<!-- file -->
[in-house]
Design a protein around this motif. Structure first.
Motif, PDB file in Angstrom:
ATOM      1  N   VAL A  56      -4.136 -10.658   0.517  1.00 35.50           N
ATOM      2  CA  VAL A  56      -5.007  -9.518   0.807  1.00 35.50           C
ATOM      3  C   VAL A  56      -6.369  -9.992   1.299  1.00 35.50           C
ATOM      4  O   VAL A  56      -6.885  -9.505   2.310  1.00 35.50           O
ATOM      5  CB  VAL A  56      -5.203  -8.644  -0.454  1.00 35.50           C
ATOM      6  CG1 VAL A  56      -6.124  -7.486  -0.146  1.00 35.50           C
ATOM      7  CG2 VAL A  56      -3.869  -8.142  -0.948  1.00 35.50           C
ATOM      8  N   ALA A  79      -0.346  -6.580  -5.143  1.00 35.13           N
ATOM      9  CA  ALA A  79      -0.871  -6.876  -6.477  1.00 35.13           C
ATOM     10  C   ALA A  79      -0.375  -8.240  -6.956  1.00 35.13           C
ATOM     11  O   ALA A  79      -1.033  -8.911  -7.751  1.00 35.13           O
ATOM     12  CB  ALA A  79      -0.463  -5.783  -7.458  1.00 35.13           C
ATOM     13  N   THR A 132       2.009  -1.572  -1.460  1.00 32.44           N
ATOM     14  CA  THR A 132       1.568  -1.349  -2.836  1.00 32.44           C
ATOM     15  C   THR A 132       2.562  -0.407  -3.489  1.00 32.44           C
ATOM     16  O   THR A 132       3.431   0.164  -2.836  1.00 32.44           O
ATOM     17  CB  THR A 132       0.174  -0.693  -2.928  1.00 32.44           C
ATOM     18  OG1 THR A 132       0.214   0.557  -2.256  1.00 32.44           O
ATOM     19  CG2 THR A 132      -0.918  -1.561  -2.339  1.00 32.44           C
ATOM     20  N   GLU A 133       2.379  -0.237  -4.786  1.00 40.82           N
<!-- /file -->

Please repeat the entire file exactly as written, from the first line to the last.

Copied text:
[in-house]
Design a protein around this motif. Structure first.
Motif, PDB file in Angstrom:
ATOM      1  N   VAL A  56      -4.136 -10.658   0.517  1.00 35.50           N
ATOM      2  CA  VAL A  56      -5.007  -9.518   0.807  1.00 35.50           C
ATOM      3  C   VAL A  56      -6.369  -9.992   1.299  1.00 35.50           C
ATOM      4  O   VAL A  56      -6.885  -9.505   2.310  1.00 35.50           O
ATOM      5  CB  VAL A  56      -5.203  -8.644  -0.454  1.00 35.50           C
ATOM      6  CG1 VAL A  56      -6.124  -7.486  -0.146  1.00 35.50           C
ATOM      7  CG2 VAL A  56      -3.869  -8.142  -0.948  1.00 35.50           C
ATOM      8  N   ALA A  79      -0.346  -6.580  -5.143  1.00 35.13           N
ATOM      9  CA  ALA A  79      -0.871  -6.876  -6.477  1.00 35.13           C
ATOM     10  C   ALA A  79      -0.375  -8.240  -6.956  1.00 35.13           C
ATOM     11  O   ALA A  79      -1.033  -8.911  -7.751  1.00 35.13           O
ATOM     12  CB  ALA A  79      -0.463  -5.783  -7.458  1.00 35.13           C
ATOM     13  N   THR A 132       2.009  -1.572  -1.460  1.00 32.44           N
ATOM     14  CA  THR A 132       1.568  -1.349  -2.836  1.00 32.44           C
ATOM     15  C   THR A 132       2.562  -0.407  -3.489  1.00 32.44           C
ATOM     16  O   THR A 132       3.431   0.164  -2.836  1.00 32.44           O
ATOM     17  CB  THR A 132       0.174  -0.693  -2.928  1.00 32.44           C
ATOM     18  OG1 THR A 132       0.214   0.557  -2.256  1.00 32.44           O
ATOM     19  CG2 THR A 132      -0.918  -1.561  -2.339  1.00 32.44           C
ATOM     20  N   GLU A 133       2.379  -0.237  -4.786  1.00 40.82           N